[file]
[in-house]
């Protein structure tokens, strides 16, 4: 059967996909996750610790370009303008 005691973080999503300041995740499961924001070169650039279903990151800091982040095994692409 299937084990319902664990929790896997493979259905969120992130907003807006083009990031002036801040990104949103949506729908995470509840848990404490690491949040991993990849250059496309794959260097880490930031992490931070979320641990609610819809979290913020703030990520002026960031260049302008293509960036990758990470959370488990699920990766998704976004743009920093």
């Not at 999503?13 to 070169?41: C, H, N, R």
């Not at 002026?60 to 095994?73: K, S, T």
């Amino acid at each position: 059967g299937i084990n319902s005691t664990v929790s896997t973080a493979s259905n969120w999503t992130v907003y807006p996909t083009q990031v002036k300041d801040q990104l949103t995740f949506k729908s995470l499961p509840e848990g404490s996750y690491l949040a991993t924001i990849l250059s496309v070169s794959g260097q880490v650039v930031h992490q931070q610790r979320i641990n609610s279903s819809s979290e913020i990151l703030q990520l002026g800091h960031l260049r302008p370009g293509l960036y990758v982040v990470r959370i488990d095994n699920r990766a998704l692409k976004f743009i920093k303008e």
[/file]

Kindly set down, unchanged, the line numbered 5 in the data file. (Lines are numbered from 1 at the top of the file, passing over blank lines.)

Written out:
């Amino acid at each position: 059967g299937i084990n319902s005691t664990v929790s896997t973080a493979s259905n969120w999503t992130v907003y807006p996909t083009q990031v002036k300041d801040q990104l949103t995740f949506k729908s995470l499961p509840e848990g404490s996750y690491l949040a991993t924001i990849l250059s496309v070169s794959g260097q880490v650039v930031h992490q931070q610790r979320i641990n609610s279903s819809s979290e913020i990151l703030q990520l002026g800091h960031l260049r302008p370009g293509l960036y990758v982040v990470r959370i488990d095994n699920r990766a998704l692409k976004f743009i920093k303008e």